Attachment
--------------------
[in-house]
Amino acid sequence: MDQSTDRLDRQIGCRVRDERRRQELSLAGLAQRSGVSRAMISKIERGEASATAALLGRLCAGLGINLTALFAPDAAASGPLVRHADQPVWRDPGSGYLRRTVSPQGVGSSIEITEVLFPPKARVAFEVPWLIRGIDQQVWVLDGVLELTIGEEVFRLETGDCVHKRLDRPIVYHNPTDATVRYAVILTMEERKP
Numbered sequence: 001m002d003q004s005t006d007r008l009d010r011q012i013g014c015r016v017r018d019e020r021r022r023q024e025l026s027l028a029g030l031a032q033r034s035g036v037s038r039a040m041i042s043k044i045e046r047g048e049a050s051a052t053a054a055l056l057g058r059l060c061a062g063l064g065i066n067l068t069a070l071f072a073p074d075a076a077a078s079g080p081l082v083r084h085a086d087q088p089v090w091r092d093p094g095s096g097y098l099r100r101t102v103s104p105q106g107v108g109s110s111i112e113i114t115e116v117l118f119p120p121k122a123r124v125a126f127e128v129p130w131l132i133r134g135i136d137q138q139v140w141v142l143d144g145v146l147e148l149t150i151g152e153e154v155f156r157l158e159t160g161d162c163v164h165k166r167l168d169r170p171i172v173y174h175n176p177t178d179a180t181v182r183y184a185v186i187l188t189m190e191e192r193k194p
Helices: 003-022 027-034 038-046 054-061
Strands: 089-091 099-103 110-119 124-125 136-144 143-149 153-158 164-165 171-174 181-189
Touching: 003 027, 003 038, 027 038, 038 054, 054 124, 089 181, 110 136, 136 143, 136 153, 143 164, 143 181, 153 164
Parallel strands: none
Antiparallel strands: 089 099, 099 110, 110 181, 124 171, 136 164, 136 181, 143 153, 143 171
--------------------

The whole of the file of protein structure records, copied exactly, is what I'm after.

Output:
[in-house]
Amino acid sequence: MDQSTDRLDRQIGCRVRDERRRQELSLAGLAQRSGVSRAMISKIERGEASATAALLGRLCAGLGINLTALFAPDAAASGPLVRHADQPVWRDPGSGYLRRTVSPQGVGSSIEITEVLFPPKARVAFEVPWLIRGIDQQVWVLDGVLELTIGEEVFRLETGDCVHKRLDRPIVYHNPTDATVRYAVILTMEERKP
Numbered sequence: 001m002d003q004s005t006d007r008l009d010r011q012i013g014c015r016v017r018d019e020r021r022r023q024e025l026s027l028a029g030l031a032q033r034s035g036v037s038r039a040m041i042s043k044i045e046r047g048e049a050s051a052t053a054a055l056l057g058r059l060c061a062g063l064g065i066n067l068t069a070l071f072a073p074d075a076a077a078s079g080p081l082v083r084h085a086d087q088p089v090w091r092d093p094g095s096g097y098l099r100r101t102v103s104p105q106g107v108g109s110s111i112e113i114t115e116v117l118f119p120p121k122a123r124v125a126f127e128v129p130w131l132i133r134g135i136d137q138q139v140w141v142l143d144g145v146l147e148l149t150i151g152e153e154v155f156r157l158e159t160g161d162c163v164h165k166r167l168d169r170p171i172v173y174h175n176p177t178d179a180t181v182r183y184a185v186i187l188t189m190e191e192r193k194p
Helices: 003-022 027-034 038-046 054-061
Strands: 089-091 099-103 110-119 124-125 136-144 143-149 153-158 164-165 171-174 181-189
Touching: 003 027, 003 038, 027 038, 038 054, 054 124, 089 181, 110 136, 136 143, 136 153, 143 164, 143 181, 153 164
Parallel strands: none
Antiparallel strands: 089 099, 099 110, 110 181, 124 171, 136 164, 136 181, 143 153, 143 171